“Thanksgiving: Bringing out the best in family dysfunction since 1863.” Unknown
Back in 2015, the newly elected NDP government began raising the minimum wage rapidly. When it started, in the midst of a once in a generation recession, Alberta’s rate was the lowest in Canada. This October 1st, after a series on annual increases – it is the highest, at $15 per hour.
In Canada in 2013, the minimum wage was around $10 in all provinces. In constant dollars, this rate was similar to the rate observed in the late ’70s. About 5 to 7% of the working population was at minimum wage. The province’s low income earners got about 42 – 50% of average hourly earnings in their province.
In Alberta in 2013, there were 34,000 people (2% of workers) at the minimum wage level of $9.75. As the wage rate rises and with weak economic growth, more people are at the higher level today. Today 254,000 workers, or about 11% of the workforce, earn less than $15 per hour. There is a blizzard of factoids about what it means. And enough contradictory data to defend any position you might want to argue over turkey dinner.
You can join one of the two main camps – either the folks who see it as a matter of “social justice” or those who see it as “competitiveness lost”.
So here is a handy guide you can use to present your point of view:
It’s about Social Justice!
- Higher wages at the bottom end of the spectrum reduce “wage inequality”
- The minimum wage has just barely kept up with inflation since the 1970s. It was too low then and the cost of living in Alberta has gone up dramatically, making it harder for the working poor to make ends meet.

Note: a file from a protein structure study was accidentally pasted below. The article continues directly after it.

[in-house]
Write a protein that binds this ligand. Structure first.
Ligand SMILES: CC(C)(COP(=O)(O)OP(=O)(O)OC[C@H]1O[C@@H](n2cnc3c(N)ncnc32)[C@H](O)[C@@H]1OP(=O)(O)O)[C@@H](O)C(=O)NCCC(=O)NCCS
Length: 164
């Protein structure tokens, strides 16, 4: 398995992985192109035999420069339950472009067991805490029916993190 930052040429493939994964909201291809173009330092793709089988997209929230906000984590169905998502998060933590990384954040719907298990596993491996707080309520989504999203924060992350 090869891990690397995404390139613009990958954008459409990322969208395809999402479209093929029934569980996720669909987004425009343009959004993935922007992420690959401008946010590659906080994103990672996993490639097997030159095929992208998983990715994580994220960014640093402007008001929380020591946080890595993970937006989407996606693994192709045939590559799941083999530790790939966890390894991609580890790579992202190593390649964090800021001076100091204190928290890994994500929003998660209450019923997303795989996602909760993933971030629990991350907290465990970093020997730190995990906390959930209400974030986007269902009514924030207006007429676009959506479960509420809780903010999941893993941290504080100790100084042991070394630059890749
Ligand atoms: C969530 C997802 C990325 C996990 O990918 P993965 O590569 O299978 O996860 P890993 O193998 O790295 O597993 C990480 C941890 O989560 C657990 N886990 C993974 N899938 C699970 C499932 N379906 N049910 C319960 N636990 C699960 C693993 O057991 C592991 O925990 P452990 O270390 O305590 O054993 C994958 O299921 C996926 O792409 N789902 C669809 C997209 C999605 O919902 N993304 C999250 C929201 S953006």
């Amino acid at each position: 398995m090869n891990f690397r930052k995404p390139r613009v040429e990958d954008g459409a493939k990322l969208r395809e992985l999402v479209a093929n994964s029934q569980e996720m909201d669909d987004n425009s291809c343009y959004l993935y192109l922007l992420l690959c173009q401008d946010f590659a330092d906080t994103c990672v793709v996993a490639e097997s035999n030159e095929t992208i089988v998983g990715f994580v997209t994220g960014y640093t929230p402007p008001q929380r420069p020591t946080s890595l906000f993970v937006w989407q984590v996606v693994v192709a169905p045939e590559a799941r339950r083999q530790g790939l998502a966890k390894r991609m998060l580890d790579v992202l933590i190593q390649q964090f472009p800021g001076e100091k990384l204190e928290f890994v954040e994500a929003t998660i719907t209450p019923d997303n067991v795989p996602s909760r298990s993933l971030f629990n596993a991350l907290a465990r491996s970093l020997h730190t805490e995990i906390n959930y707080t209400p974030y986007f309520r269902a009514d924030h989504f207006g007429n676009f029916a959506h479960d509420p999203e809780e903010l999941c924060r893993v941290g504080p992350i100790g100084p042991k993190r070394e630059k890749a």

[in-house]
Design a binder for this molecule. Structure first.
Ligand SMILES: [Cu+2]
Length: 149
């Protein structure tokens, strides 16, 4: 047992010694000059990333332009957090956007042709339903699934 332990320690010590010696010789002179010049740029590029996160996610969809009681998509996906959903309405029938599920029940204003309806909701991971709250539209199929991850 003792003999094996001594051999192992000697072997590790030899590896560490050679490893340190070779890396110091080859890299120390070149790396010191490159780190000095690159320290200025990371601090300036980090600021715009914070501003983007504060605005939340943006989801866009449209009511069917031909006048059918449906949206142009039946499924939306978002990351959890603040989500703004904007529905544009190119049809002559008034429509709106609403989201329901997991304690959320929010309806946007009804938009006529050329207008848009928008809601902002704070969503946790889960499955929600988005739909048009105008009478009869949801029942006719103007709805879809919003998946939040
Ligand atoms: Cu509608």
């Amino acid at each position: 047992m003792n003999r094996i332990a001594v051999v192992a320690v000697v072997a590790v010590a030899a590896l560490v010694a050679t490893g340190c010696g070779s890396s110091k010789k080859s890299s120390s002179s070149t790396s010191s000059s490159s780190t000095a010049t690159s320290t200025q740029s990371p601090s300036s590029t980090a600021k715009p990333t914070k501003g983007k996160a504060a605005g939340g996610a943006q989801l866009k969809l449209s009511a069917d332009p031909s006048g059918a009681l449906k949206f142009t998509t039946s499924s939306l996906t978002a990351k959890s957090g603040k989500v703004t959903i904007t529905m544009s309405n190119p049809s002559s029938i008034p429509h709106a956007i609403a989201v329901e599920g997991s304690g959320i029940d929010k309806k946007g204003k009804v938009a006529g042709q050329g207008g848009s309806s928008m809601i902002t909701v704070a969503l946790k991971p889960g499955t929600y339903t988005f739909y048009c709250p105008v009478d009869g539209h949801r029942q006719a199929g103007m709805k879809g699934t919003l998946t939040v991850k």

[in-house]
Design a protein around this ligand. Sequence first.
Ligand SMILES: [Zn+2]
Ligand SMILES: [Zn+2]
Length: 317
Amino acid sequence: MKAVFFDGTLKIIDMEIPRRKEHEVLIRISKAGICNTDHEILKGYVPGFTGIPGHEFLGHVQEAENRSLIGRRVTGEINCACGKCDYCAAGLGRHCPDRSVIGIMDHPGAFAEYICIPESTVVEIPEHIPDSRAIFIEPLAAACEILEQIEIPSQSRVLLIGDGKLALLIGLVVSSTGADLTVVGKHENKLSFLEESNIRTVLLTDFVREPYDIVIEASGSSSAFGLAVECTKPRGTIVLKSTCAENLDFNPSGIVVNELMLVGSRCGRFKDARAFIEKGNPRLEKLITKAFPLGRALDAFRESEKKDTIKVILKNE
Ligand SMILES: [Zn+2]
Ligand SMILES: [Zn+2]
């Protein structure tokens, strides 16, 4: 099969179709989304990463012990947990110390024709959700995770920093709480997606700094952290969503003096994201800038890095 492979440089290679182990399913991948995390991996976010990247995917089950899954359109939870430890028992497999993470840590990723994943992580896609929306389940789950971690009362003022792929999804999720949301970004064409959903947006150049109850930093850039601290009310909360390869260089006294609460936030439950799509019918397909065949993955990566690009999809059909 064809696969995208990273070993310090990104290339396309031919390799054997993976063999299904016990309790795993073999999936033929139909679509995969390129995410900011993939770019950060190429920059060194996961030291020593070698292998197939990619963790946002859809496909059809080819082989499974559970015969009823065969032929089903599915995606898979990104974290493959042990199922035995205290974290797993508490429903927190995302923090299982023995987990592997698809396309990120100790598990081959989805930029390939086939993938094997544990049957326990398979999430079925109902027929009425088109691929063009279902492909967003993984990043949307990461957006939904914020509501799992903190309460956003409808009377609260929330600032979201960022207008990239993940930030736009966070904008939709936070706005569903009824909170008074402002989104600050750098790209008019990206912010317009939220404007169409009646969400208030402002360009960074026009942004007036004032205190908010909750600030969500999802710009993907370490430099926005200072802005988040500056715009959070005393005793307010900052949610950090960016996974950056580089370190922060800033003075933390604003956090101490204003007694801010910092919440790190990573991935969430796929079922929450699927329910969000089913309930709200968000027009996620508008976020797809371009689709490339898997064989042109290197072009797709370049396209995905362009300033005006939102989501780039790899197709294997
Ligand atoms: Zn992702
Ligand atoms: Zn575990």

- Women make up a higher proportion of low-wage earners thus an increase will differentially benefit them.
- The new income will be spent creating more activity in the economy, albeit not really creating new wealth.
- Higher wages encourage greater labor-force participation.
It’s about Competitiveness Lost!
- Raising the minimum wage is an inefficient poverty reduction measure because 90% of low-income earners are not in poverty. About 30% are students or under 24 and almost all are living with their parents.
- The rate increases are too fast, too much, for many businesses to absorb. Increases come at time when government is adding costs to business through new labor standards in the midst of a weak economy.
- Business will be forced to forego hiring, reduce hours and move to automate jobs thus impacting job growth. An economist from the University of Alberta estimates that 25,000 fewer jobs will be created as a result of increasing wages.
- There will be a ‘wages push’ from those who want increases comparable to what their lower income colleagues received, thus increasing costs to be passed on to consumers. It will reduce profitability for small and medium-sized businesses who cannot easily pass on these costs.
- The job prospects for younger inexperienced workers will be impacted because employers will seek more experienced workers to create better “value for money” for their wage dollars.
Happy Thanksgiving. The debate winners get the drumstick and the wishbone!